AT&T (NYSE:T) worked with Qualcomm (NASDAQ:QCOM) and its network vendor partners to implement a 700 MHz interoperability solution that will allow the carrier to support Band Class 12 devices, according to a senior AT&T executive.
John Donovan, AT&T's senior executive vice president of technology and network operations, said the solution came about through work between AT&T engineers and counterparts at Qualcomm as well as Ericsson (NASDAQ:ERIC) and Alcatel-Lucent (NYSE:ALU), the carriers' two main LTE network vendors. "The breakthrough for us, technologically, was a feature that allows a single slot at 700 [MHz] to communicate from handset to the network and dedicate [the handset as] either as Band 12 or Band 17," he said Wednesday at the Bank of America Merrill Lynch Media, Communications & Entertainment Conference.
Lower A Block licensees have argued that vendors like Apple (NASDAQ:AAPL) make equipment for AT&T's Band Class 17 and Verizon Wireless' NYSE:VZ) spectrum in Band Class 13, but not for those smaller companies such as C Spire Wireless and U.S. Cellular (NYSE:USM) that hold 700 MHz A Block spectrum in Band Class 12. AT&T previously argued it could not support Band Class 17 alongside Band Class 12 because it would be too expensive and would cause interference.
"We didn't change our minds," Donovan asserted. "We solved the problem." He said AT&T had "broke through with an innovation" that ultimately was "not a political compromise but it made political compromise possible" in the dispute.
Donovan said that AT&T had for years been faced with a dilemma. It could choose to build devices that would interoperate with Band Class 12, but such a move would make it impossible for the carrier to support its other bands due to technical limits on the number of bands that could be squeezed into devices' radios. The new technical solution that lets devices switch between Band Class 12 and Band Class 17 solves the issue, he said.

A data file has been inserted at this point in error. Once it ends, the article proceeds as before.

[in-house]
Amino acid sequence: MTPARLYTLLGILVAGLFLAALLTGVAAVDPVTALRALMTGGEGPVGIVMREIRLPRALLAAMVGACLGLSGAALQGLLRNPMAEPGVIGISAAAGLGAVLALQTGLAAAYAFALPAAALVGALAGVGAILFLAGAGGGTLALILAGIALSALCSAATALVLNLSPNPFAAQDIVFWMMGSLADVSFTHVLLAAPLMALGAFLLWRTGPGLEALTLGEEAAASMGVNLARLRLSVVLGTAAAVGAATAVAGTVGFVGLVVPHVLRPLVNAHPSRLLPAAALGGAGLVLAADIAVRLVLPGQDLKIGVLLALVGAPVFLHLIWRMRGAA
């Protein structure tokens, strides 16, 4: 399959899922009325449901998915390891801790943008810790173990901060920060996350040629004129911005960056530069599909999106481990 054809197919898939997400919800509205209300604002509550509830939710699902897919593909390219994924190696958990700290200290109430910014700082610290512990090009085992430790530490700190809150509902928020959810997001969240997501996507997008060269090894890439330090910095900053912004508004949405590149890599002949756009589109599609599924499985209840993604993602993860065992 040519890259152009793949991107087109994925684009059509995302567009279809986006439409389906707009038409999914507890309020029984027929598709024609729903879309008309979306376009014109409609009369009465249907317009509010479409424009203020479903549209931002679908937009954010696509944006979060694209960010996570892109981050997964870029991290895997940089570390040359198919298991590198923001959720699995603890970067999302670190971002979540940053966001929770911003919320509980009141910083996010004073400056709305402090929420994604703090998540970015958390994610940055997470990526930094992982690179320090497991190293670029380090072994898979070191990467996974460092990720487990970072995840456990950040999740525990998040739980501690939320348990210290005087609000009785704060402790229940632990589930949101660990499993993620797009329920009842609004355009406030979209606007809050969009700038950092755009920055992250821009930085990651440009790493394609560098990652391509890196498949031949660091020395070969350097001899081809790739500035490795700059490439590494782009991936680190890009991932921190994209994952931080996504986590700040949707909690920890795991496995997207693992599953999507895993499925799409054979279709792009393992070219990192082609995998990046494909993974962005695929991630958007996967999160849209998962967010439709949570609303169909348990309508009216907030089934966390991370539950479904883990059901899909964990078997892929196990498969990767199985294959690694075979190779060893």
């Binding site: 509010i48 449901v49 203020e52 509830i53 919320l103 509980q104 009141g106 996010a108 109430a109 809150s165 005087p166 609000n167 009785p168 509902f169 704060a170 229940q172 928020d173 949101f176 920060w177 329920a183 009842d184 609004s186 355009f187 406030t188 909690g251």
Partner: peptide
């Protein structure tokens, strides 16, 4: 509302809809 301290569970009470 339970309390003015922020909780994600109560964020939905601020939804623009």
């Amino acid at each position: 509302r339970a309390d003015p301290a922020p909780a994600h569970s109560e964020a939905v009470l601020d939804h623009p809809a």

In a filing with the FCC, AT&T provided some additional details about the modification to its network that will allow it to support Band Class 12. Specifically, the company said it must develop, implement and deploy throughout its network a multi-frequency band indicator, or MFBI, capabilities that will let its network operate simultaneously in both Band 12 and Band 17 and support devices in both bands. That is the solution Donovan was referring to. The feature was recently standardized but will require lab testing and field testing, the carrier said. The field testing will have to use existing Band 17 legacy devices with carrier aggregation capabilities operating with the MFBI feature.
Also at the conference, Donovan touched on other technical issues. He said that when AT&T launches LTE Advanced features, specifically carrier aggregation, that will remove some complexity from AT&T's network, since it will be able to meld together disparate spectrum bands. He did not give timeframe for when AT&T would launch carrier aggregation. With that feature in hand, the wireless world "moves from a game of exactly where your spectrum is to a game where total spectrum is going to be a determinant of what your network capacity is."
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